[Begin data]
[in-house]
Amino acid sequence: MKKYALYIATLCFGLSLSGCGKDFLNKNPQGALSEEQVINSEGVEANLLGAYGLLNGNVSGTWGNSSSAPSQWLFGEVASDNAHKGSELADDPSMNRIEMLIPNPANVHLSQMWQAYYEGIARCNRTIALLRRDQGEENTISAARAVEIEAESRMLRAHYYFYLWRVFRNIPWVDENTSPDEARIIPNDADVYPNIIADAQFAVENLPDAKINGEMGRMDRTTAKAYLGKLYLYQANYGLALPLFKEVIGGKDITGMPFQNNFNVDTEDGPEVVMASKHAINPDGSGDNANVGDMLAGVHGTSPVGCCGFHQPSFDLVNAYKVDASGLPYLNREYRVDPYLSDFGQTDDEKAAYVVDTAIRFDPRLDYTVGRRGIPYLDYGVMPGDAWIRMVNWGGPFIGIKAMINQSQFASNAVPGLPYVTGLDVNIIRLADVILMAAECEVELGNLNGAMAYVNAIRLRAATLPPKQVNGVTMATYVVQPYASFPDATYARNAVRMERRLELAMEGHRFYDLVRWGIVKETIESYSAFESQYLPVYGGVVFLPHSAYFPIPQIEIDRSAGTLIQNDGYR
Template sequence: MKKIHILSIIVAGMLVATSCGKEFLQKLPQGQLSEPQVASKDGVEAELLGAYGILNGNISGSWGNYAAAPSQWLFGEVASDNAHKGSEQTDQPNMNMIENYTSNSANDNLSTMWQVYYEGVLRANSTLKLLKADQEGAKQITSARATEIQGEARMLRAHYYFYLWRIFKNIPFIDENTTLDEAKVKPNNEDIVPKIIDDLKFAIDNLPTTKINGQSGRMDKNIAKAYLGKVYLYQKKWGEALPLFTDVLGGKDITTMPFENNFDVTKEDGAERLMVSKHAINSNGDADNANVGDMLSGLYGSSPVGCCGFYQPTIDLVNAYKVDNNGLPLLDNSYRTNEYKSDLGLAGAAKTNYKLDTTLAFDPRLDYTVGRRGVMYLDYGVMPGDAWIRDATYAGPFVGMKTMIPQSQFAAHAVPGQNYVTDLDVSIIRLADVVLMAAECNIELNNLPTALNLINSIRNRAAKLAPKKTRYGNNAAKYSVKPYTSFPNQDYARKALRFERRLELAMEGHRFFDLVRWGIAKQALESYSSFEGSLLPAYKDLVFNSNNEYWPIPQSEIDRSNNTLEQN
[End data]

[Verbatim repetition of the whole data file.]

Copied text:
[in-house]
Amino acid sequence: MKKYALYIATLCFGLSLSGCGKDFLNKNPQGALSEEQVINSEGVEANLLGAYGLLNGNVSGTWGNSSSAPSQWLFGEVASDNAHKGSELADDPSMNRIEMLIPNPANVHLSQMWQAYYEGIARCNRTIALLRRDQGEENTISAARAVEIEAESRMLRAHYYFYLWRVFRNIPWVDENTSPDEARIIPNDADVYPNIIADAQFAVENLPDAKINGEMGRMDRTTAKAYLGKLYLYQANYGLALPLFKEVIGGKDITGMPFQNNFNVDTEDGPEVVMASKHAINPDGSGDNANVGDMLAGVHGTSPVGCCGFHQPSFDLVNAYKVDASGLPYLNREYRVDPYLSDFGQTDDEKAAYVVDTAIRFDPRLDYTVGRRGIPYLDYGVMPGDAWIRMVNWGGPFIGIKAMINQSQFASNAVPGLPYVTGLDVNIIRLADVILMAAECEVELGNLNGAMAYVNAIRLRAATLPPKQVNGVTMATYVVQPYASFPDATYARNAVRMERRLELAMEGHRFYDLVRWGIVKETIESYSAFESQYLPVYGGVVFLPHSAYFPIPQIEIDRSAGTLIQNDGYR
Template sequence: MKKIHILSIIVAGMLVATSCGKEFLQKLPQGQLSEPQVASKDGVEAELLGAYGILNGNISGSWGNYAAAPSQWLFGEVASDNAHKGSEQTDQPNMNMIENYTSNSANDNLSTMWQVYYEGVLRANSTLKLLKADQEGAKQITSARATEIQGEARMLRAHYYFYLWRIFKNIPFIDENTTLDEAKVKPNNEDIVPKIIDDLKFAIDNLPTTKINGQSGRMDKNIAKAYLGKVYLYQKKWGEALPLFTDVLGGKDITTMPFENNFDVTKEDGAERLMVSKHAINSNGDADNANVGDMLSGLYGSSPVGCCGFYQPTIDLVNAYKVDNNGLPLLDNSYRTNEYKSDLGLAGAAKTNYKLDTTLAFDPRLDYTVGRRGVMYLDYGVMPGDAWIRDATYAGPFVGMKTMIPQSQFAAHAVPGQNYVTDLDVSIIRLADVVLMAAECNIELNNLPTALNLINSIRNRAAKLAPKKTRYGNNAAKYSVKPYTSFPNQDYARKALRFERRLELAMEGHRFFDLVRWGIAKQALESYSSFEGSLLPAYKDLVFNSNNEYWPIPQSEIDRSNNTLEQN